Hersey Dam Removal
Village of Hersey
Hersey removes dangerous dam with 100% grant funding.
The Village of Hersey wanted to repair or remove the Hersey Dam, which was in poor structural condition and had been cited as unsafe in two MDEQ Dam Safety Reports. The dam also blocked fish passage and significantly raised the water temperature in the Hersey River, a designated trout stream.
P&N performed a feasibility study for removing the dam with a “controlled drawdown” demolition process to minimize sediment movement, and estimated the costs at only $285,000. Because of its experience with the MDEQ/MDNR permitting process, the P&N team was able to develop a dam removal concept that was both cost-effective and appealing to grant funders.
Hersey worked with the Muskegon River Watershed Assembly to raise 100% grant funding for the project, and MRWA retained Prein&Newhof to oversee the dam removal. The entire project took only six months from “go” to completion, including permitting and design. A favorable bidding climate helped bring the total project in for about 20% less than Prein&Newhof originally estimated.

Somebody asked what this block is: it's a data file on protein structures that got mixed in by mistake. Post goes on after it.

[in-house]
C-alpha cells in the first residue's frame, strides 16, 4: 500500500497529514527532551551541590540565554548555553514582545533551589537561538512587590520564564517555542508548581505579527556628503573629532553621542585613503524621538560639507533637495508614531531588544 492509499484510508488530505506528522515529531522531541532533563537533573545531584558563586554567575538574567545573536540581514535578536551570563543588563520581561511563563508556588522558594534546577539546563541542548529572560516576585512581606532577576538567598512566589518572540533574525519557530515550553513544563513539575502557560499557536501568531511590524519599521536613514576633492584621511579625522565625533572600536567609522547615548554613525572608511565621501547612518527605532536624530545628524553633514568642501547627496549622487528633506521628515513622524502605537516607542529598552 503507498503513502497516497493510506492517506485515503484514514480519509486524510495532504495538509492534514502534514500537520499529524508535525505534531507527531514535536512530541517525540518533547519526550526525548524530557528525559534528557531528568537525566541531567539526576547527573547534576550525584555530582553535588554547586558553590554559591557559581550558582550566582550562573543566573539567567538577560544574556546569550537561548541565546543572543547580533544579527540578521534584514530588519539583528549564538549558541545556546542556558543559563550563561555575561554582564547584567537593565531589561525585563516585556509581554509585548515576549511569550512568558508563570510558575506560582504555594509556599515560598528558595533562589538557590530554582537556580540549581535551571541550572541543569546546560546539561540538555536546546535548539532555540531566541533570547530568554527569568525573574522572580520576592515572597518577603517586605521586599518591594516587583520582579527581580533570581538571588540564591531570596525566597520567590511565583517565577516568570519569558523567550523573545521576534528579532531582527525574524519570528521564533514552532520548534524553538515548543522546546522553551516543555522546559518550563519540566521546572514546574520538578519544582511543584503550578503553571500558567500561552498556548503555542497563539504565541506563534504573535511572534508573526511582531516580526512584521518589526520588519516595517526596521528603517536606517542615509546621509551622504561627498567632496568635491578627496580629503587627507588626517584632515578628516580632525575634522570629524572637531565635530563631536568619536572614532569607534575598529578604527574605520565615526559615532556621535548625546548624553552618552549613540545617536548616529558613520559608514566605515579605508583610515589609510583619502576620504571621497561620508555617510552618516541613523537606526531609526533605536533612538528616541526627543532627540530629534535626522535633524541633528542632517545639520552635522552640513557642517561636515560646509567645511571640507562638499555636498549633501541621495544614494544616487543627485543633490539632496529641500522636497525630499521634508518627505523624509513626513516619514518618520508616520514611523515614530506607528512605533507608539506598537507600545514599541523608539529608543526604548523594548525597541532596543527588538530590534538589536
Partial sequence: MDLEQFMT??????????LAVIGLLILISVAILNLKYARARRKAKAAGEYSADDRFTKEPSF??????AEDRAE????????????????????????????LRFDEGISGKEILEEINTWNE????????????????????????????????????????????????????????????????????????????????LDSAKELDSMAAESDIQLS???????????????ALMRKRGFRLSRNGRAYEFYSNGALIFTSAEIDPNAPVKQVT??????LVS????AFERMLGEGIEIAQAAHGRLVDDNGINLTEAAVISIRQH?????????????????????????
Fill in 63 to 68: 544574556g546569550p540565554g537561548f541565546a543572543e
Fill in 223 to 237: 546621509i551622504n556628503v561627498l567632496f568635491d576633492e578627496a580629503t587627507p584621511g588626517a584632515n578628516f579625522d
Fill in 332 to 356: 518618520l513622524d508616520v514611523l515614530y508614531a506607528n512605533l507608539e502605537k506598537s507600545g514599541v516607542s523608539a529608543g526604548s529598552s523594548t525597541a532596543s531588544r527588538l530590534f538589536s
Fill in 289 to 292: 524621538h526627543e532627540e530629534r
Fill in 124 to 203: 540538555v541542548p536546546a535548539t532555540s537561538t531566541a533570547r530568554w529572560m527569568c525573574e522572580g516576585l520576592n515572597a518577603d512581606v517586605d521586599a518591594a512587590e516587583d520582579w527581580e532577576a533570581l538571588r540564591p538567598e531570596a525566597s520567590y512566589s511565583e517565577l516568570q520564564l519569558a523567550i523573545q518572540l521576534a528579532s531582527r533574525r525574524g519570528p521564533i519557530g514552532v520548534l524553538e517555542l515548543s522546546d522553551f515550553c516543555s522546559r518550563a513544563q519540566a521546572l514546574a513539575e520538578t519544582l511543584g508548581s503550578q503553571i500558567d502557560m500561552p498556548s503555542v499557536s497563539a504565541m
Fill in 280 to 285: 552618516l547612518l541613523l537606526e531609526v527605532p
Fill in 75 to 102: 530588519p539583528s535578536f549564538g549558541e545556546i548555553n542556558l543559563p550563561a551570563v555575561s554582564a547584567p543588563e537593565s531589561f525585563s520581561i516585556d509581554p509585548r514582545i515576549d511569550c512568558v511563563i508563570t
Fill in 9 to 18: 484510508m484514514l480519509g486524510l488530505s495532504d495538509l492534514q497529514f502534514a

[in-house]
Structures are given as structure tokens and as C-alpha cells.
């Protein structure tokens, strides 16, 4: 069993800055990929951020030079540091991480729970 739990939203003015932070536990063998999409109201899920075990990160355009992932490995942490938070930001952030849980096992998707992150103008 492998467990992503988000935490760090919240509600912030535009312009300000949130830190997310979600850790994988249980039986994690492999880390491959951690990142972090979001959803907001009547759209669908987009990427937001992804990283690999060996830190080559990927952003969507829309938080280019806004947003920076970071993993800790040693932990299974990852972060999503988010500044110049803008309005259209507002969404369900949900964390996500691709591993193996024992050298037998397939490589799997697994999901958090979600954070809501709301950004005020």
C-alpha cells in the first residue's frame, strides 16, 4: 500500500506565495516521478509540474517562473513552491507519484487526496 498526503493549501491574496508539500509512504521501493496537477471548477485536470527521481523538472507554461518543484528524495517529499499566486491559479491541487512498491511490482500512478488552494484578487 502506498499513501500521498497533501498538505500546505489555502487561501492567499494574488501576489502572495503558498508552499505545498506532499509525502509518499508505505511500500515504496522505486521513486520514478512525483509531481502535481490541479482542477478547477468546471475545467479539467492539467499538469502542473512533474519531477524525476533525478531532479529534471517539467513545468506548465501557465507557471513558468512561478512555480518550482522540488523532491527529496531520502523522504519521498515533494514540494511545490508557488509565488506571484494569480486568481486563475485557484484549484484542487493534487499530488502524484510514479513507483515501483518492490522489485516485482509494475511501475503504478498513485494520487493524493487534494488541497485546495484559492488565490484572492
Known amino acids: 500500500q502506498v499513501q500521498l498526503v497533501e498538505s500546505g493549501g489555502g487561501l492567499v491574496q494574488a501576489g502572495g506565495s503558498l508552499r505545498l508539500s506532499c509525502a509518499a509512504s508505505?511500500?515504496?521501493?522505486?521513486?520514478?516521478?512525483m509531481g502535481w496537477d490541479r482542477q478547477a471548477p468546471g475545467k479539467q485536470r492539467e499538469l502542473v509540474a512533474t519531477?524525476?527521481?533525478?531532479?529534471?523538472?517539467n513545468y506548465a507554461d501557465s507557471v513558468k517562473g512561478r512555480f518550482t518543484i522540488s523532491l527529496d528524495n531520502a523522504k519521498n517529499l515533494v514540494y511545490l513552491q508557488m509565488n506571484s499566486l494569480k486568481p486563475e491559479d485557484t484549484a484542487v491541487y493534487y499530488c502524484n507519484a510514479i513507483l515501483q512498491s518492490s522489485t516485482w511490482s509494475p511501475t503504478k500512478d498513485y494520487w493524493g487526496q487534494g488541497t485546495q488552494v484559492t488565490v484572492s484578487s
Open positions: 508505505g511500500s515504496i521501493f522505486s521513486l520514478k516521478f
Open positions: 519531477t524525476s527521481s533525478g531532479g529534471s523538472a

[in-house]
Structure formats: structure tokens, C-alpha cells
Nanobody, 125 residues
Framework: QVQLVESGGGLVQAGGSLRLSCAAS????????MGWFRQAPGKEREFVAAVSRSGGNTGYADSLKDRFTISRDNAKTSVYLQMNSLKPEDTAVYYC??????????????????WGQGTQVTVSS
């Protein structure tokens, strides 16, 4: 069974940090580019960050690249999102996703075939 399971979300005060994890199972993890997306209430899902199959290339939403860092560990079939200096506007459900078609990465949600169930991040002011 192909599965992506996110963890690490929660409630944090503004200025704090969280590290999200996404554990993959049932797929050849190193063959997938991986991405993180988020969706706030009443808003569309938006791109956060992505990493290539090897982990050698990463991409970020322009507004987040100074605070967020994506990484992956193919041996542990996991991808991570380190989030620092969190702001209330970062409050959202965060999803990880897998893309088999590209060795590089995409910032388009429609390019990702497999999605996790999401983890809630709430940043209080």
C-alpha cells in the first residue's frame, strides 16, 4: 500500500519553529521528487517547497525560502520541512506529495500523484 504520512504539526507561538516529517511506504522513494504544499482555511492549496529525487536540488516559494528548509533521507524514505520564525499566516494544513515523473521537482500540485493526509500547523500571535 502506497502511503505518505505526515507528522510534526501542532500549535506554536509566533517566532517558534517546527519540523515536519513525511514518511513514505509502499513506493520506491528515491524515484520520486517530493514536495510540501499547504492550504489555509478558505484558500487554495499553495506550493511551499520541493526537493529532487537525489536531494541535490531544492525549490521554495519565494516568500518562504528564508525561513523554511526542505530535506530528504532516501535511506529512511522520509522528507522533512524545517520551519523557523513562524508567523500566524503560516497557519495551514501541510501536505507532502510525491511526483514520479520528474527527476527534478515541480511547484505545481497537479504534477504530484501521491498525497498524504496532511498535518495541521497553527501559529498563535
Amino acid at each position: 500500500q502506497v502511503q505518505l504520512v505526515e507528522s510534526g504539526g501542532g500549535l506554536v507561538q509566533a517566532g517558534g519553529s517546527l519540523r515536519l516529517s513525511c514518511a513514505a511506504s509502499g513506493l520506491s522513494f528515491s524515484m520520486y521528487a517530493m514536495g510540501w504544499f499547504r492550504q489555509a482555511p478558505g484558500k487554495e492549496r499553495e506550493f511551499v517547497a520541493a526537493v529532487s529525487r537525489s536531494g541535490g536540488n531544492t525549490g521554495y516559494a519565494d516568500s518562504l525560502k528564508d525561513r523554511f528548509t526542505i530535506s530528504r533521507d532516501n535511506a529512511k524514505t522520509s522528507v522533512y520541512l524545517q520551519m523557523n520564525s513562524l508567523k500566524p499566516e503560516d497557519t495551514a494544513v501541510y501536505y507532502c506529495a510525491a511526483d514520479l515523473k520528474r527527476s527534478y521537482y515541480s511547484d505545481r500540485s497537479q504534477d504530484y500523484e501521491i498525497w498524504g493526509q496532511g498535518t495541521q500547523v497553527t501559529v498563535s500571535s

Before the removal project began, contaminated sediment in an area just upstream and downstream of the dam was removed at the responsible party’s expense. In addition, P&N secured approval from the MDEQ to dispose of all demolition rubble in two existing low spots on the site, provided they were covered with sand and topsoil, and then seeded.
To eliminate the need for sediment dredging and excavation, the P&N team specified a controlled drawdown approach, a regulated process in which the dam is dismantled slowly, gradually directing water through the breach into a prepared training channel. This method prevents significant erosion and sedimentation.
Prein&Newhof worked with the MDEQ to allow the loss of 11 acres of wetlands that were created over 100 years ago when the dam was built – without costly mitigation. In addition, the P&N team was able to eliminate the need for bringing rip-rap bank protection from off-site by sequencing construction to allow for the use of on-site materials.
The upstream shoreline areas exposed by the dam removal were planted with native seeds, trees, and bushes. The Village of Hersey plans to transform the former dam site into a small park with a bike path connecting it to nearby Blodgett Landing Park.
Call Jim Hegarty, P.E. at 616-364-8491 Email at: firstname.lastname@example.org